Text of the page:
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Canada became one of few countries to formally recognize the genocide of Armenian Turks during the First World War in a strongly worded motion adopted 153-68 in the House of Commons on Wednesday.

Government members were discouraged from voting for the motion, which is sure to anger a Turkish government that has never recognized the massacre of 1.5 million Armenians starting in 1915.

Following a charged debate at their weekly closed-door caucus meeting, Liberal backbenchers voted massively in favour while the party's cabinet contingent rejected the Bloc Québécois motion.

Prime Minister Paul Martin was absent during the politically sensitive vote but Foreign Affairs Minister Bill Graham defended the government's opposition.

The Turkish government has warned that recognizing the genocide could have economic consequences and Mr. Graham said he wanted to maintain good relations with Turkey.

"Turkey is an important NATO ally in a region where it is a Muslim country with a moderate government," he said.

"What we seek to do in our foreign policy is to encourage the forward dimension, we're forward-looking. We'd like our Armenian friends and our Turkish friends to work together to put these issues in the past."

The motion read: "That this House acknowledges the Armenian genocide of 1915 and condemns this act as a crime against humanity."

The Turkish government rejects the charge of genocide as unfounded and says that while 600,000 Armenians died, 2.5 million Muslims perished in a period of civil unrest.

Unlike the Liberal government most opposition MPs - including Conservative Leader Stephen Harper - voted in favour of the motion, which places Canada in a category of only about two dozen countries to have recognized the Armenian genocide.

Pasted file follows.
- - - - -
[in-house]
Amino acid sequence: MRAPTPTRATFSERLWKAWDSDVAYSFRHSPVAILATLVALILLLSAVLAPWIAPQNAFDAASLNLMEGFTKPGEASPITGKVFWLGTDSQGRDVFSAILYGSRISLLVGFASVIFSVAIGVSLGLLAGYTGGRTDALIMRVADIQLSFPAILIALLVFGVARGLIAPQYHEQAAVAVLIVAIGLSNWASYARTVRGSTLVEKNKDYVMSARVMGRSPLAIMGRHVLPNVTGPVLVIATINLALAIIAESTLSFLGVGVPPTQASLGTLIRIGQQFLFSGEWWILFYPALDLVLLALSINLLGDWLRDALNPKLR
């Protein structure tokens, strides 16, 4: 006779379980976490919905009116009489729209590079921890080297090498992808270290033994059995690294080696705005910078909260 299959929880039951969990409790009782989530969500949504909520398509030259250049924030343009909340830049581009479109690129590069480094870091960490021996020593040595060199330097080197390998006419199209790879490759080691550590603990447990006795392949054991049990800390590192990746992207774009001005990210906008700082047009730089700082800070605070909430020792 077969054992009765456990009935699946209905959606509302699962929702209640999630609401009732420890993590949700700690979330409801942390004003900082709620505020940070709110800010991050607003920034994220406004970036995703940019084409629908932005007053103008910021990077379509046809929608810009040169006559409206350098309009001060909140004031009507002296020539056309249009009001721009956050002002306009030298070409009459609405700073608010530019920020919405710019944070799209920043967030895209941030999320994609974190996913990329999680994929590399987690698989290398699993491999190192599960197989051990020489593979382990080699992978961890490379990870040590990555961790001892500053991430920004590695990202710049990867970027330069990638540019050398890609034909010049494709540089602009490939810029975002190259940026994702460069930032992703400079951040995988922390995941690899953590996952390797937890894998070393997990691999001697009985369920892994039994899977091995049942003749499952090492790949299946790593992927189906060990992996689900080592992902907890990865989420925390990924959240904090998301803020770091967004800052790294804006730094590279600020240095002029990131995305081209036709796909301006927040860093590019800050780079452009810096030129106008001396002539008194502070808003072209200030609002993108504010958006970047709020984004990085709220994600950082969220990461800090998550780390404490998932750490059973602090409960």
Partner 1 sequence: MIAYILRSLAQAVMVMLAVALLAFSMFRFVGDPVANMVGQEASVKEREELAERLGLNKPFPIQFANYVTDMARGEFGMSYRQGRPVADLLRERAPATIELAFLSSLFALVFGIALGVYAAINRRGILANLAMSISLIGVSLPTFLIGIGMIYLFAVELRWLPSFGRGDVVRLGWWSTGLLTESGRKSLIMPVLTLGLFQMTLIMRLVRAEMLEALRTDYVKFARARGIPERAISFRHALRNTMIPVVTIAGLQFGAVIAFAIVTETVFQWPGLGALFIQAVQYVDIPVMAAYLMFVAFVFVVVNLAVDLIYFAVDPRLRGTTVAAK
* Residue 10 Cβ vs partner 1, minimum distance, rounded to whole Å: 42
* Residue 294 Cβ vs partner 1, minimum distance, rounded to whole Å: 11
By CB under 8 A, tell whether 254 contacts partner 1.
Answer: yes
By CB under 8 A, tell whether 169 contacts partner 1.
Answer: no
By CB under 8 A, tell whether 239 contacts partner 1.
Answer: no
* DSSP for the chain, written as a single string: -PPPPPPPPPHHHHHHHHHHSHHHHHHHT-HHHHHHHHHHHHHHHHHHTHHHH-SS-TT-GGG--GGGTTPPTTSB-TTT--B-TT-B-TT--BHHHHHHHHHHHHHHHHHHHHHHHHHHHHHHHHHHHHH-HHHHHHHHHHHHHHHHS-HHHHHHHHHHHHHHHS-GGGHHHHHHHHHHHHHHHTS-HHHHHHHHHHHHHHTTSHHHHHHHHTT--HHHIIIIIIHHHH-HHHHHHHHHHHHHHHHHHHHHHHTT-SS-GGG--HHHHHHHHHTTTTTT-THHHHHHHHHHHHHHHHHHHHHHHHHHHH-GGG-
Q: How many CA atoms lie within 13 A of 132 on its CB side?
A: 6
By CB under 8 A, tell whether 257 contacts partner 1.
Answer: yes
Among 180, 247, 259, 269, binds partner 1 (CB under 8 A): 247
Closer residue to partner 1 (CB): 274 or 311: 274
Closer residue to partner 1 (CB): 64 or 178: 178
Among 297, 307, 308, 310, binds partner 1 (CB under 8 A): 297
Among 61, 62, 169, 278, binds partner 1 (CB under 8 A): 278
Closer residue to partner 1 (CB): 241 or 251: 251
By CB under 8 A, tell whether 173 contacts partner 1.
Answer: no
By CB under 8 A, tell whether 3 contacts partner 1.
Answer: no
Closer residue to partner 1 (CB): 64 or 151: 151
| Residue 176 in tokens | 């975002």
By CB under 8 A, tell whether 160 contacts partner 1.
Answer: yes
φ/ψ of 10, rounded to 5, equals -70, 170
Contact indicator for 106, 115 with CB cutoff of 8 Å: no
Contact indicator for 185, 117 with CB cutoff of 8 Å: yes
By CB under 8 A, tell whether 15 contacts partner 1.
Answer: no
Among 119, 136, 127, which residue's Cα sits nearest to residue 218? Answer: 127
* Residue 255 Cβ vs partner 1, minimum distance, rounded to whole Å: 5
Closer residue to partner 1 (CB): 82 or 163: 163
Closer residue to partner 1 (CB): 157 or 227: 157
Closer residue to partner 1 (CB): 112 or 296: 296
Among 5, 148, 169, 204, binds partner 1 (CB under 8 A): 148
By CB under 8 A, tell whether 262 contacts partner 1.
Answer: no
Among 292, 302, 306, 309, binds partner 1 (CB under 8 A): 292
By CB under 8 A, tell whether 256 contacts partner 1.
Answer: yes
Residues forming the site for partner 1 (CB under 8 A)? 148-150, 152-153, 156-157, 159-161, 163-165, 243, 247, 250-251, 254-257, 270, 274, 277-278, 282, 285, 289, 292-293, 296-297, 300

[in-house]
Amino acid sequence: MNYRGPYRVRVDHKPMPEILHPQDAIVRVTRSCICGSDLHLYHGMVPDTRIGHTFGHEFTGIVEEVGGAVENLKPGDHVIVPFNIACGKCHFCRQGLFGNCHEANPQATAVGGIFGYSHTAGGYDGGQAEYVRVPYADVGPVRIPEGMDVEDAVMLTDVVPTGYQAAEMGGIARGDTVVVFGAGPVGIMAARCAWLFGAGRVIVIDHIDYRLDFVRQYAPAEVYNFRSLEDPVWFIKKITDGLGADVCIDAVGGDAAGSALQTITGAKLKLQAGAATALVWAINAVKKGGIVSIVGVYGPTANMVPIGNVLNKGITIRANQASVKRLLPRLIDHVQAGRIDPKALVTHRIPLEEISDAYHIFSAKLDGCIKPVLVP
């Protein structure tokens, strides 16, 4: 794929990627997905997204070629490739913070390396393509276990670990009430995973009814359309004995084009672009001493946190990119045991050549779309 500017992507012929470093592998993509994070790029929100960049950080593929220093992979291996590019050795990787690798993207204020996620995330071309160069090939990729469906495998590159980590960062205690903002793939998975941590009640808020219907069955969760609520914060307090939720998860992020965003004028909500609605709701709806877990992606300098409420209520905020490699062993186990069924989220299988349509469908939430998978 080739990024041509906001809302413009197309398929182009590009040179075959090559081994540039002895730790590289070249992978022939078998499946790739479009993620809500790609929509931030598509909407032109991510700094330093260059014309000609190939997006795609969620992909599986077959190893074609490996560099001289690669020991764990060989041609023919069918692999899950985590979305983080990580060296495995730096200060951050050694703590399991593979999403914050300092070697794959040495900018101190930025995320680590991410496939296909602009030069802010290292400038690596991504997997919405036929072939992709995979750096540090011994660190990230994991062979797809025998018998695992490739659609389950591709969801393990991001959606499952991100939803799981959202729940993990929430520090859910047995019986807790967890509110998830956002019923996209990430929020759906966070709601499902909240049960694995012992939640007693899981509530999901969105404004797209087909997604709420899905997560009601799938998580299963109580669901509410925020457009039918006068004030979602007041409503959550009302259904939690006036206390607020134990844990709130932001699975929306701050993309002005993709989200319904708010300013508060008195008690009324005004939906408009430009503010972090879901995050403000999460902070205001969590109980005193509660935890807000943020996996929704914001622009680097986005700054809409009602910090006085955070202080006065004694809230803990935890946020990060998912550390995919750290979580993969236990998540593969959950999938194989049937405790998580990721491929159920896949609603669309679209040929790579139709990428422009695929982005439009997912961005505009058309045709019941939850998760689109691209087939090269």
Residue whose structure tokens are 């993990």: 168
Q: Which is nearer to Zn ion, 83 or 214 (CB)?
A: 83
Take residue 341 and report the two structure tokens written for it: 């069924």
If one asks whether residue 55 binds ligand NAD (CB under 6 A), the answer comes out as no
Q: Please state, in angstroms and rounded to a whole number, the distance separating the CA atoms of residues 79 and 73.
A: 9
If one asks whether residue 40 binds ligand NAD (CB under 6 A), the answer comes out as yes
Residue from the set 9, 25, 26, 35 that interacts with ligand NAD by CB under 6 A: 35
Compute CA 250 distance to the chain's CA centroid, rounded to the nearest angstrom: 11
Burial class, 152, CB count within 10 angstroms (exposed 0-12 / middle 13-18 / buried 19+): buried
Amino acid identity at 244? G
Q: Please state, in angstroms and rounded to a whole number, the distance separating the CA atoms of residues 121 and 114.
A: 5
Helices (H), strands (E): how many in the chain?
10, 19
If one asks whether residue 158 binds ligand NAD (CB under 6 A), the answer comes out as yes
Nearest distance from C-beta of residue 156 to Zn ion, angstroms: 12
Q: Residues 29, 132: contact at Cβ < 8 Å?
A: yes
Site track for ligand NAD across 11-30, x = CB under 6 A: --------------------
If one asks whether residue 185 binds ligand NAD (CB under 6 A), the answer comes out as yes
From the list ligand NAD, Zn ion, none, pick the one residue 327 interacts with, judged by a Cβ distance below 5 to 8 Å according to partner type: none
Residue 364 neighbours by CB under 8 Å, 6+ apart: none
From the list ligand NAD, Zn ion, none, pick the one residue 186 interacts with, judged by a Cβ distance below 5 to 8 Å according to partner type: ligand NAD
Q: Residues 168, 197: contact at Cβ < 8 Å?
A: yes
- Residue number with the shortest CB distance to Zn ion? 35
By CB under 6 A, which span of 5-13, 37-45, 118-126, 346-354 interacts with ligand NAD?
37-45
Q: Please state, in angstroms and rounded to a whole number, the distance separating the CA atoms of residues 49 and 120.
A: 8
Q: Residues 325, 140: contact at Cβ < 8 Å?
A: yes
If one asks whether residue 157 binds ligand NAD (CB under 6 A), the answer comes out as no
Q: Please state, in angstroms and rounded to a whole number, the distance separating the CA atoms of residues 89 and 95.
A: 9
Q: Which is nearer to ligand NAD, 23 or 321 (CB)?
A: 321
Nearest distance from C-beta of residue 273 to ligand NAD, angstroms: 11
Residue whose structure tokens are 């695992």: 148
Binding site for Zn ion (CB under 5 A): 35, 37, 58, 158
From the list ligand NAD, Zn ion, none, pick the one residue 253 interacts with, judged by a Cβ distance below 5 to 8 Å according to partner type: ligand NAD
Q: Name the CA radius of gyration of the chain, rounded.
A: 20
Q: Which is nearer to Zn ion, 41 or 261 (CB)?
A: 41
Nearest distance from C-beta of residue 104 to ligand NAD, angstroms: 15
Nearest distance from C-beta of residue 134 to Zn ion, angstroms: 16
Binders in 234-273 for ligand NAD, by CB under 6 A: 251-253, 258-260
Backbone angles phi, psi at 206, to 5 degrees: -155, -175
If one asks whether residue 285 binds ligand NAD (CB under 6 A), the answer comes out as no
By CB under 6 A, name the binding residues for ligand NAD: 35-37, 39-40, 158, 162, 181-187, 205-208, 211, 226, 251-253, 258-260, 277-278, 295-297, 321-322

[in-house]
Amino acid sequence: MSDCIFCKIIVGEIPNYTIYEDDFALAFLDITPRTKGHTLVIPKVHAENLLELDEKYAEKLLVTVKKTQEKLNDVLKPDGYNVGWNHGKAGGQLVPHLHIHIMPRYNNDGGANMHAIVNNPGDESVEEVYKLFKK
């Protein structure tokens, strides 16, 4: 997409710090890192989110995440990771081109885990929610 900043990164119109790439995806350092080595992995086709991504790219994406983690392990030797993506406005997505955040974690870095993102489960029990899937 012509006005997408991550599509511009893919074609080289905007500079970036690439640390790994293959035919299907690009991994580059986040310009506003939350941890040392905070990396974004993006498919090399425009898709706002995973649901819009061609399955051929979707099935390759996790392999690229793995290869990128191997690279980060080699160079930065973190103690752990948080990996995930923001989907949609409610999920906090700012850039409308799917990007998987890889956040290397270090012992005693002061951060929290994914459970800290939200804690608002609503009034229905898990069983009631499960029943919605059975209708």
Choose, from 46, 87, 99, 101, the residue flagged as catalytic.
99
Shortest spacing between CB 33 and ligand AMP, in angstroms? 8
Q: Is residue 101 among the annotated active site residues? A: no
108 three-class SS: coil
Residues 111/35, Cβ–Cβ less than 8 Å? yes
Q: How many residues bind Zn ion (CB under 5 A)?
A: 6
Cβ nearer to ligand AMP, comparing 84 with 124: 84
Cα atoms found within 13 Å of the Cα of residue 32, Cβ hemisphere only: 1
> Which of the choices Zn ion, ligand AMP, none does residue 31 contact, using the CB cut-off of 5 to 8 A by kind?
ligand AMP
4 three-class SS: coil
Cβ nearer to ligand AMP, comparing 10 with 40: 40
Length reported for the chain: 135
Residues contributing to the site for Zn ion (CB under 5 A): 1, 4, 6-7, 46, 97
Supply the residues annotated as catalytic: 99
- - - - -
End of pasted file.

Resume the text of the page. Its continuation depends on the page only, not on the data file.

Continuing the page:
The United Nations has also recognized the massacre, and Armenians have been fighting for decades throughout the world for that sort of acknowledgment.

One opposition critic labelled the Prime Minister "hypocritical" for promising more free votes and then forcing ministers to toe the line on such a matter of deep personal conscience.

"It's a terrible double standard for Paul Martin to force his ministers to vote against it and not even show up himself," said Tory foreign affairs critic Stockwell Day.

"That is a hypocritical double standard."

Liberal Hedy Fry supported the motion but said it's important to note the atrocities were carried out under the Ottoman empire, which has faded into history and was long ago replaced by a modern Turkish state.

"I think we need to recognize the past," she said.

"I think it doesn't mean we've broken ties with the current regime in Turkey. They are our colleagues, they are our NATO allies. They are a moderate, Muslim government and I think we need to work with them.

Recognizing what happened in the Ottoman empire shouldn't affect Canada's diplomatic relations with Turkey, she said.

Fry and many other former Liberal cabinet ministers who are now backbenchers also voted in favour, including Martin Cauchon, Stephane Dion, Maurizio Bevilacqua, Lyle Vanclief, Lawrence MacAulay, Herb Dhaliwal and David Kilgour.

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